Across the agricultural landscape of America, many areas exist where groundwater use exceeds sustainable levels or is approaching a sustainability threshold and this occurrence is becoming more and more common. This presentation will review an open source approach to irrigation scheduling including triggered PostgreSQL/PostGIS functionality.
There is no shortage of geographic data available on the web with more source coming online all the time. The downside of this explosion is that new sources often have their own API and proprietary formats that are not compatible with each other. A single data source on it's own is never as useful as when it is viewed in context.
What is needed is a platform for interoperability. Koop steps into this challenge by treating GeoJSON as a kind of compile target. As long as data can be fetched and translated, any dataset from any source can be viewed alongside any other.
Street names carry local context and meaning and can vary locally, even within a relatively small geographic envelope, frequently appearing in languages other than English. The United States Federal Geographic Data Committee (FGDC) in 2011 released a data content standard for storing address data in a highly normalized way. This standard was intended for use within the United States of America and principally for parsing English language street names. This session will look at how to use this the FGDC address data standard for processing and storing non-English street names.
Many database administrators were first introduced to PostgreSQL years ago and have memories (good & bad) of using version numbers starting with 6, 7 & 8. Many people are still running these old versions as well, nervous about upgrading and unsure of the benefits. With the rise in popularity of MySQL, many open source advocates turned there since the majority of internet community support was centered around it. And the advanced features that commercial databases such as Oracle & SQL Server were advertising appealed to many enterprise administrators.
BRINs (Block Range INdexes) are one of the major new features introduced with PostgreSQL 9.5. They allow to directly select just blocks of table pages needed for queries execution, resulting on smaller indexes that can be easily contained in memory and that require less maintenance than the existing ones.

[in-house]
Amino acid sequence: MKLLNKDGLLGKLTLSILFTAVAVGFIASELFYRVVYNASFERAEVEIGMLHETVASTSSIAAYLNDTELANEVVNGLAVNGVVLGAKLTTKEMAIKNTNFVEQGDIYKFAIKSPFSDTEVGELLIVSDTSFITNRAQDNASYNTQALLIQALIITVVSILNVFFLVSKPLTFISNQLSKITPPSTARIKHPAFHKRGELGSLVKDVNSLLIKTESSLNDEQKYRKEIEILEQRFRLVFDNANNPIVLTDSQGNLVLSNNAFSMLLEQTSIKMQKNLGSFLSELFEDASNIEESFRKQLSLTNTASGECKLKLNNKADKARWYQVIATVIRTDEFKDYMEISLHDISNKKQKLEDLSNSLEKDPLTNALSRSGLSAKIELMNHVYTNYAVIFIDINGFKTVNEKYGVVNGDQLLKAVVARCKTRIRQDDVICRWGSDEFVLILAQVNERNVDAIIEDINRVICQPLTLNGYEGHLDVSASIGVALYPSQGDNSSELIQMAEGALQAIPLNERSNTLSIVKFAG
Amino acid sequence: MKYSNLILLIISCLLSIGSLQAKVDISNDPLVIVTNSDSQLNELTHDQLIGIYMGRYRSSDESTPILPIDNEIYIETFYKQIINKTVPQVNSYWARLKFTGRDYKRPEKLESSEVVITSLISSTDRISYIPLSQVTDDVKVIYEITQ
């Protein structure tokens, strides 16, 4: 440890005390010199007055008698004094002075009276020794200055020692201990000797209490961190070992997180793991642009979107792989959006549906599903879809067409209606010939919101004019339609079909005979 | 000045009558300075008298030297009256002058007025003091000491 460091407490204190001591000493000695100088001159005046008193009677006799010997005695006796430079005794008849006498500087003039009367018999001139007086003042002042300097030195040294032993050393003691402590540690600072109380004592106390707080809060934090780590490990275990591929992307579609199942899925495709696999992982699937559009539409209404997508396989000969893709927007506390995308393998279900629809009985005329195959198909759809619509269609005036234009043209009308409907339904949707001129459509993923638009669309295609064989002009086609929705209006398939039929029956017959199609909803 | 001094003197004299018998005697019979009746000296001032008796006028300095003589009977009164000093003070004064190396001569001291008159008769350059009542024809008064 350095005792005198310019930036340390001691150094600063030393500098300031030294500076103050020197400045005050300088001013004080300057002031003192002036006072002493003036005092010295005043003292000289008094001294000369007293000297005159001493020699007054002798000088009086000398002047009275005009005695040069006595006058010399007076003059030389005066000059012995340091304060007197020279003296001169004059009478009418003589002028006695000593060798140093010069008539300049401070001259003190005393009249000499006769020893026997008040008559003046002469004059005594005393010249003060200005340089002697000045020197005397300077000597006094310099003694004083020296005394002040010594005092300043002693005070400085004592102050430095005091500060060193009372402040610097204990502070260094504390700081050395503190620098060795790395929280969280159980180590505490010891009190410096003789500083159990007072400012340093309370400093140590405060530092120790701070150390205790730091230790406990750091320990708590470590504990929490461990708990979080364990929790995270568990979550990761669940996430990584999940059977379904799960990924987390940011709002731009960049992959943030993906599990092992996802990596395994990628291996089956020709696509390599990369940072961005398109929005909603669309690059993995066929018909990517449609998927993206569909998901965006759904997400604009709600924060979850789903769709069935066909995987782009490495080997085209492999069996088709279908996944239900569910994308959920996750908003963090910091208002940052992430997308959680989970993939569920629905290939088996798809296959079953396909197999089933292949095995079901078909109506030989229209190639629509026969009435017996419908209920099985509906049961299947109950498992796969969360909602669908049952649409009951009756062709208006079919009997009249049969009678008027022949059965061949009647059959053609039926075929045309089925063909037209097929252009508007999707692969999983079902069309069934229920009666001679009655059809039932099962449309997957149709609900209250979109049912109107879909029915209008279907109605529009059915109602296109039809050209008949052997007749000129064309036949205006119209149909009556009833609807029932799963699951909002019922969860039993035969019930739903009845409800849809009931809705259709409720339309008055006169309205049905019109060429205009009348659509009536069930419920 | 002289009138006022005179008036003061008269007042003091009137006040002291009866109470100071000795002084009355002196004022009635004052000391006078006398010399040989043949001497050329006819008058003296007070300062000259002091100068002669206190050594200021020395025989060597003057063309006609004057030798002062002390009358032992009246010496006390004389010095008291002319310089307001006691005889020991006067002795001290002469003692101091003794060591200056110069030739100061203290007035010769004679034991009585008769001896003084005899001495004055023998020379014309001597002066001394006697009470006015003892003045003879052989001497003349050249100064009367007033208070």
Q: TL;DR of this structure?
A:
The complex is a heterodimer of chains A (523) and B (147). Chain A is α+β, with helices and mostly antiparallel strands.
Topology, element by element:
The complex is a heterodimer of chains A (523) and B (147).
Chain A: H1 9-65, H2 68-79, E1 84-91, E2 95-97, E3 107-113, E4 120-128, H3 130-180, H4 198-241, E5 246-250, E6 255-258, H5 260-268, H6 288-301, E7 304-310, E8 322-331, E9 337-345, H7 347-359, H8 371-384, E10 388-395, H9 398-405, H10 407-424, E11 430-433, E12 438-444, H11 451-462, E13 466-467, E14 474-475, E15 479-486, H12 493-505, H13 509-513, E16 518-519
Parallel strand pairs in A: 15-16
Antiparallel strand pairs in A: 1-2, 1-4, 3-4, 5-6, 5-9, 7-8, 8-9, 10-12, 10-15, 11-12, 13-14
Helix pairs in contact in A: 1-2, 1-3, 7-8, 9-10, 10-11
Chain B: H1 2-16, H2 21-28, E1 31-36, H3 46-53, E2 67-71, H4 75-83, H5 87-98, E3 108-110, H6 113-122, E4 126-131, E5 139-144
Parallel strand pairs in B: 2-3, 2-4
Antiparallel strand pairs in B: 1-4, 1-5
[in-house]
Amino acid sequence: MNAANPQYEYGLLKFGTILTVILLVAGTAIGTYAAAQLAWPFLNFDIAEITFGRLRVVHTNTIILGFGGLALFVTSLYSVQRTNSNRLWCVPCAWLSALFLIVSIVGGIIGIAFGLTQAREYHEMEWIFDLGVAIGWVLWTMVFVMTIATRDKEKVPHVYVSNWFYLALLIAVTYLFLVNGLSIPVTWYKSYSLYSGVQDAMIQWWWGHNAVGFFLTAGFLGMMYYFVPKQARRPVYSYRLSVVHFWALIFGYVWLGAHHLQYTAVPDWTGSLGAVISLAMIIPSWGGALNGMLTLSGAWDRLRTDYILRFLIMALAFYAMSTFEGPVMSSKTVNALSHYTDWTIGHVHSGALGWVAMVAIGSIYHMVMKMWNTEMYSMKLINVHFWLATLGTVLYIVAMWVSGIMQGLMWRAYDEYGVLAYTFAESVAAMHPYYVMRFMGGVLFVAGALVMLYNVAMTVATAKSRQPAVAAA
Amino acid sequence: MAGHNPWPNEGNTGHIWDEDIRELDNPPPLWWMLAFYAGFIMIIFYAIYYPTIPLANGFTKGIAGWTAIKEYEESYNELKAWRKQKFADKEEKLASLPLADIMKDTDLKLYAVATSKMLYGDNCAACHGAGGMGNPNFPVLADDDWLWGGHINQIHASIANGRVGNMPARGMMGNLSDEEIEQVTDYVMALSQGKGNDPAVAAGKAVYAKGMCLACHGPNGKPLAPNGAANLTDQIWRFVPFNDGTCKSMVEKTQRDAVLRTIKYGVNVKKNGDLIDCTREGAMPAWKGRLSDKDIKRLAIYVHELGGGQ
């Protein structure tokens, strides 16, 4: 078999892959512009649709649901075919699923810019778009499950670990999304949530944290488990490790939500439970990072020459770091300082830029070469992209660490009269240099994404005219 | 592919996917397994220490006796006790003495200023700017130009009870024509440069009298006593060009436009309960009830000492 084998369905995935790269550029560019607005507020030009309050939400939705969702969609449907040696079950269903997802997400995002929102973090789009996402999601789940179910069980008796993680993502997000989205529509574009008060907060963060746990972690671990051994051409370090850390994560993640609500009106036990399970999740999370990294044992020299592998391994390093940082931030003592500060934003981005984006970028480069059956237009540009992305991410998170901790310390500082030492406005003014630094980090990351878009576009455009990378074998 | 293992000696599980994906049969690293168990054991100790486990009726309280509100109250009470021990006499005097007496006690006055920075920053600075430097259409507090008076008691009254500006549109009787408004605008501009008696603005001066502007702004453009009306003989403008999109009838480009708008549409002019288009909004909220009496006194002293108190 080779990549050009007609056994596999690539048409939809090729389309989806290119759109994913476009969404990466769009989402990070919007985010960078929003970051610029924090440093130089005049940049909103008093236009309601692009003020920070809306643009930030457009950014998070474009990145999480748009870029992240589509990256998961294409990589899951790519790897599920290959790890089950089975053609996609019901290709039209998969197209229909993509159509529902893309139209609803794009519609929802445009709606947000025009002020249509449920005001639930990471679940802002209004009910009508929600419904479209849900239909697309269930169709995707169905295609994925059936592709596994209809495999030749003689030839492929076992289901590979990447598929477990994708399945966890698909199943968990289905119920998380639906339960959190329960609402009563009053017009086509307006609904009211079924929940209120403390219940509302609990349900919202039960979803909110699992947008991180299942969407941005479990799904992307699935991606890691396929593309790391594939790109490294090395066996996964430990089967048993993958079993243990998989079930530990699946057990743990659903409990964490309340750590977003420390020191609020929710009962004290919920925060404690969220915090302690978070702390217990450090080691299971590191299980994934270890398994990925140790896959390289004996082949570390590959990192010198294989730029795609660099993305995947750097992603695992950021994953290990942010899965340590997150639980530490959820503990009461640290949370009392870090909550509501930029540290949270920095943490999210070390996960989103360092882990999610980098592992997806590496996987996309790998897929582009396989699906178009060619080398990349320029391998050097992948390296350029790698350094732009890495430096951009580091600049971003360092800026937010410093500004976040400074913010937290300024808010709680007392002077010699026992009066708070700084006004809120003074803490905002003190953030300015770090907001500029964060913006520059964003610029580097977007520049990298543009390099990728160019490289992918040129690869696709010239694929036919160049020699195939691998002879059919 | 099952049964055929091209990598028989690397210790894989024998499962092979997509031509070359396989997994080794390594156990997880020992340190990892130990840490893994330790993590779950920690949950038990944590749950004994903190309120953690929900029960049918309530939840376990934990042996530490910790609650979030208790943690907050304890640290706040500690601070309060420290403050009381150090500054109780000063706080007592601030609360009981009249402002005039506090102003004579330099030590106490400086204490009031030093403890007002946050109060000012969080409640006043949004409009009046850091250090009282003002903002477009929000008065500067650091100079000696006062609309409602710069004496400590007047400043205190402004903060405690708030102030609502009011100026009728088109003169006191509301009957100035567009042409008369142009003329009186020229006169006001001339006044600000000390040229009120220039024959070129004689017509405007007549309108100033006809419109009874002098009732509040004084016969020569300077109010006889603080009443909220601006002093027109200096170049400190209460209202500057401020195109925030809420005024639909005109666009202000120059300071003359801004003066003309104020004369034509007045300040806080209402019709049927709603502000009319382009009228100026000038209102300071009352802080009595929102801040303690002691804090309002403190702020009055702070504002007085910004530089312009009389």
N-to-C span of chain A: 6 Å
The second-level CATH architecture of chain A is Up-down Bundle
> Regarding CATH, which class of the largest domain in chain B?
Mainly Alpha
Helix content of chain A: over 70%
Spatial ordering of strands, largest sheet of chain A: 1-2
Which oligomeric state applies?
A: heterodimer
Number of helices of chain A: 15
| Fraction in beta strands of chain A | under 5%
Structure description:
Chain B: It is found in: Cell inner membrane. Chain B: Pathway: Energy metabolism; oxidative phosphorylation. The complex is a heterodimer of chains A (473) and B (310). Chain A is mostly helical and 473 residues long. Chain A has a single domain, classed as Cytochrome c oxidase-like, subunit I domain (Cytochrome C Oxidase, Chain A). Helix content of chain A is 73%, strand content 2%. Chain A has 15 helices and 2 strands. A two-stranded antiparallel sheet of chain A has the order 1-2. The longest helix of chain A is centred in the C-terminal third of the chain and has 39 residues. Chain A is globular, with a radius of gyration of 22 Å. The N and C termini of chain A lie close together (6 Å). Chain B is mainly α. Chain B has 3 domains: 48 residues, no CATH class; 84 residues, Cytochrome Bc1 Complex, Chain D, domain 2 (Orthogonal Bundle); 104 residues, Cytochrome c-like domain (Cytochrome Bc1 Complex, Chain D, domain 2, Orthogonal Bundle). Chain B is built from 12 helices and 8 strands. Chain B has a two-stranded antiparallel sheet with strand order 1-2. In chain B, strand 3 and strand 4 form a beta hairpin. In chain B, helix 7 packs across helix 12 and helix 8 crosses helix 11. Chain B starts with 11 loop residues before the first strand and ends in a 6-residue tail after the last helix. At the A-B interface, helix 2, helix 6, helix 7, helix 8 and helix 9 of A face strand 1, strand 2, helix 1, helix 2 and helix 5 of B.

These features make BRIN particularly suitable for very large tables, and more in general for query with a low-selectivity that would be executed preferring a sequential scan of all tables blocks instead of using indexes.
Machine learning is powerful technique that allows us to create predictive data driven models that can learn off complex multivariable data. The geospatial world is full of such datasets where its hard to know exactly how the input variables to your model will effect the outcomes. There exists a growing ecosystem of libraries and frameworks like Tensor Flow and Scikit-Learn that allow for sophisticated machine learning to take place but very few are easily interoperable with geospatial frameworks like PostgreSQL..
Through PostgreSQL’s support for user-defined procedural language functions, the possibilities for data analysis within a database is greatly expanded. Specifically, using PL/Python, one can bring in countless Python libraries to process data close to the database. Here I will talk about my efforts to bring in the functionality of PySAL, a spatial analytics library written in Python and developed largely by Serge Rey, et al. at Arizona State University.
You keep hearing about containers and maybe you have even played with Docker. You are now wondering - how do I run and manage this in production? In this session we are going to show you how. We'll level set with a quick intro to Docker, then show how CrunchyDB has taken advantage of containers to do more with Postgresql. Then we will demo bringing these images up to scale and orchestrated with Kubernetes and OpenShift - two opensource project used to manage containers.
In this 4 hour intensive hands-on workshop, we will learn how to use raw data to create beautiful, interactive, and sharable maps for the web. While this session does not require any technical skills, participants will quickly learn the fundamentals of making maps in the CartoDB editor, and progress into advanced toics such as using Torque.js to create animated visualizations, data-driven design in CartoCSS, spatial queries and spatial analysis using PostgreSQL & PostGIS, designing interactivity using HTML, and basic principles of data visualization and cartographic theory.